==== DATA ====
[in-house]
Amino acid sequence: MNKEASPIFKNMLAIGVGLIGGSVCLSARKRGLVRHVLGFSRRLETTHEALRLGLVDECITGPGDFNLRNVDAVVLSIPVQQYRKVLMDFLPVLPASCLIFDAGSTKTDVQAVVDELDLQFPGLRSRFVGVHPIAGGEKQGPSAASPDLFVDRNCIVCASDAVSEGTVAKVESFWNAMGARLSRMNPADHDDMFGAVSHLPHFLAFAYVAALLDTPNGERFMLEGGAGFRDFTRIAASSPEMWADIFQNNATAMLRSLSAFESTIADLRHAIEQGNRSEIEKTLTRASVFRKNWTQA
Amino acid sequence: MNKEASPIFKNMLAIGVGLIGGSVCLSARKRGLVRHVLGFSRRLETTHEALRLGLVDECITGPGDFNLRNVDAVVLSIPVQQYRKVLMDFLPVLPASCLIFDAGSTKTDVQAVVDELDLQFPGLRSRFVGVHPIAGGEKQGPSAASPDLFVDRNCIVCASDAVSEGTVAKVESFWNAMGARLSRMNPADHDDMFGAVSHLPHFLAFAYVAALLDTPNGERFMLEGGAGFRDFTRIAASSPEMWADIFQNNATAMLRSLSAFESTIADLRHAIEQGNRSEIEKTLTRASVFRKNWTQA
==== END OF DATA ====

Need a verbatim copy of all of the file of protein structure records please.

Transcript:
[in-house]
Amino acid sequence: MNKEASPIFKNMLAIGVGLIGGSVCLSARKRGLVRHVLGFSRRLETTHEALRLGLVDECITGPGDFNLRNVDAVVLSIPVQQYRKVLMDFLPVLPASCLIFDAGSTKTDVQAVVDELDLQFPGLRSRFVGVHPIAGGEKQGPSAASPDLFVDRNCIVCASDAVSEGTVAKVESFWNAMGARLSRMNPADHDDMFGAVSHLPHFLAFAYVAALLDTPNGERFMLEGGAGFRDFTRIAASSPEMWADIFQNNATAMLRSLSAFESTIADLRHAIEQGNRSEIEKTLTRASVFRKNWTQA
Amino acid sequence: MNKEASPIFKNMLAIGVGLIGGSVCLSARKRGLVRHVLGFSRRLETTHEALRLGLVDECITGPGDFNLRNVDAVVLSIPVQQYRKVLMDFLPVLPASCLIFDAGSTKTDVQAVVDELDLQFPGLRSRFVGVHPIAGGEKQGPSAASPDLFVDRNCIVCASDAVSEGTVAKVESFWNAMGARLSRMNPADHDDMFGAVSHLPHFLAFAYVAALLDTPNGERFMLEGGAGFRDFTRIAASSPEMWADIFQNNATAMLRSLSAFESTIADLRHAIEQGNRSEIEKTLTRASVFRKNWTQA